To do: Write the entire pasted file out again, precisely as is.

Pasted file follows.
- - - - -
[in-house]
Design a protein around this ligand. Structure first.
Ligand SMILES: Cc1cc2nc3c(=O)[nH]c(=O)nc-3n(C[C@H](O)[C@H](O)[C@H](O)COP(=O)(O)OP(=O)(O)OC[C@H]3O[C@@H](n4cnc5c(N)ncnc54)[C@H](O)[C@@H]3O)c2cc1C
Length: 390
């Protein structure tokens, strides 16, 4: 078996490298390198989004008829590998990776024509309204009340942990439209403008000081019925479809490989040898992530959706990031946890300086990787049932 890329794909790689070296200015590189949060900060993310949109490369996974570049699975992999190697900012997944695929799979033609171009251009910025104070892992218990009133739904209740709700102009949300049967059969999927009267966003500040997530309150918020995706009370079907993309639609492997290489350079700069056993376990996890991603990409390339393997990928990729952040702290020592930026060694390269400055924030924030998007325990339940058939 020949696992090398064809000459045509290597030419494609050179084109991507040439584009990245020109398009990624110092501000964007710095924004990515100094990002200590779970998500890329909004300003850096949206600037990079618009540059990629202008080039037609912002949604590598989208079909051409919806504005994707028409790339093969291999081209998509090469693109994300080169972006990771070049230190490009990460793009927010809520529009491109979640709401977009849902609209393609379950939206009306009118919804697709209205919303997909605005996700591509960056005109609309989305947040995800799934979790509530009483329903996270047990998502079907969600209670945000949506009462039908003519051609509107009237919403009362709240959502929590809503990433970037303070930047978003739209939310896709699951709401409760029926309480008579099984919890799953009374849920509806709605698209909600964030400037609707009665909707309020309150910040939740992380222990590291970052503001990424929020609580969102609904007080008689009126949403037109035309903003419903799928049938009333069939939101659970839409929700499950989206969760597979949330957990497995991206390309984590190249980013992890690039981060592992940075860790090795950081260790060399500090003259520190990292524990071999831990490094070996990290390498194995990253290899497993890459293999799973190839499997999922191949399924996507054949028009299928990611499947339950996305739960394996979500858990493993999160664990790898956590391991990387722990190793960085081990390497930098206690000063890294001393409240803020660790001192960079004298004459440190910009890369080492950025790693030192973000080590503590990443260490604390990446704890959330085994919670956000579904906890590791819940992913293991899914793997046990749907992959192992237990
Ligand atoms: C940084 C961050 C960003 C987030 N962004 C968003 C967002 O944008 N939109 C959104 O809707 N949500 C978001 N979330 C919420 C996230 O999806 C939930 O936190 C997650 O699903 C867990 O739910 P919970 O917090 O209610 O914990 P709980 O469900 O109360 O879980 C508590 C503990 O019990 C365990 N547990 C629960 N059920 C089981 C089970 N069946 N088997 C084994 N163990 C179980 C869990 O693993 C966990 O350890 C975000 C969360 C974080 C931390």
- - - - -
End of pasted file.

[in-house]
Design a protein around this ligand. Structure first.
Ligand SMILES: Cc1cc2nc3c(=O)[nH]c(=O)nc-3n(C[C@H](O)[C@H](O)[C@H](O)COP(=O)(O)OP(=O)(O)OC[C@H]3O[C@@H](n4cnc5c(N)ncnc54)[C@H](O)[C@@H]3O)c2cc1C
Length: 390
């Protein structure tokens, strides 16, 4: 078996490298390198989004008829590998990776024509309204009340942990439209403008000081019925479809490989040898992530959706990031946890300086990787049932 890329794909790689070296200015590189949060900060993310949109490369996974570049699975992999190697900012997944695929799979033609171009251009910025104070892992218990009133739904209740709700102009949300049967059969999927009267966003500040997530309150918020995706009370079907993309639609492997290489350079700069056993376990996890991603990409390339393997990928990729952040702290020592930026060694390269400055924030924030998007325990339940058939 020949696992090398064809000459045509290597030419494609050179084109991507040439584009990245020109398009990624110092501000964007710095924004990515100094990002200590779970998500890329909004300003850096949206600037990079618009540059990629202008080039037609912002949604590598989208079909051409919806504005994707028409790339093969291999081209998509090469693109994300080169972006990771070049230190490009990460793009927010809520529009491109979640709401977009849902609209393609379950939206009306009118919804697709209205919303997909605005996700591509960056005109609309989305947040995800799934979790509530009483329903996270047990998502079907969600209670945000949506009462039908003519051609509107009237919403009362709240959502929590809503990433970037303070930047978003739209939310896709699951709401409760029926309480008579099984919890799953009374849920509806709605698209909600964030400037609707009665909707309020309150910040939740992380222990590291970052503001990424929020609580969102609904007080008689009126949403037109035309903003419903799928049938009333069939939101659970839409929700499950989206969760597979949330957990497995991206390309984590190249980013992890690039981060592992940075860790090795950081260790060399500090003259520190990292524990071999831990490094070996990290390498194995990253290899497993890459293999799973190839499997999922191949399924996507054949028009299928990611499947339950996305739960394996979500858990493993999160664990790898956590391991990387722990190793960085081990390497930098206690000063890294001393409240803020660790001192960079004298004459440190910009890369080492950025790693030192973000080590503590990443260490604390990446704890959330085994919670956000579904906890590791819940992913293991899914793997046990749907992959192992237990
Ligand atoms: C940084 C961050 C960003 C987030 N962004 C968003 C967002 O944008 N939109 C959104 O809707 N949500 C978001 N979330 C919420 C996230 O999806 C939930 O936190 C997650 O699903 C867990 O739910 P919970 O917090 O209610 O914990 P709980 O469900 O109360 O879980 C508590 C503990 O019990 C365990 N547990 C629960 N059920 C089981 C089970 N069946 N088997 C084994 N163990 C179980 C869990 O693993 C966990 O350890 C975000 C969360 C974080 C931390």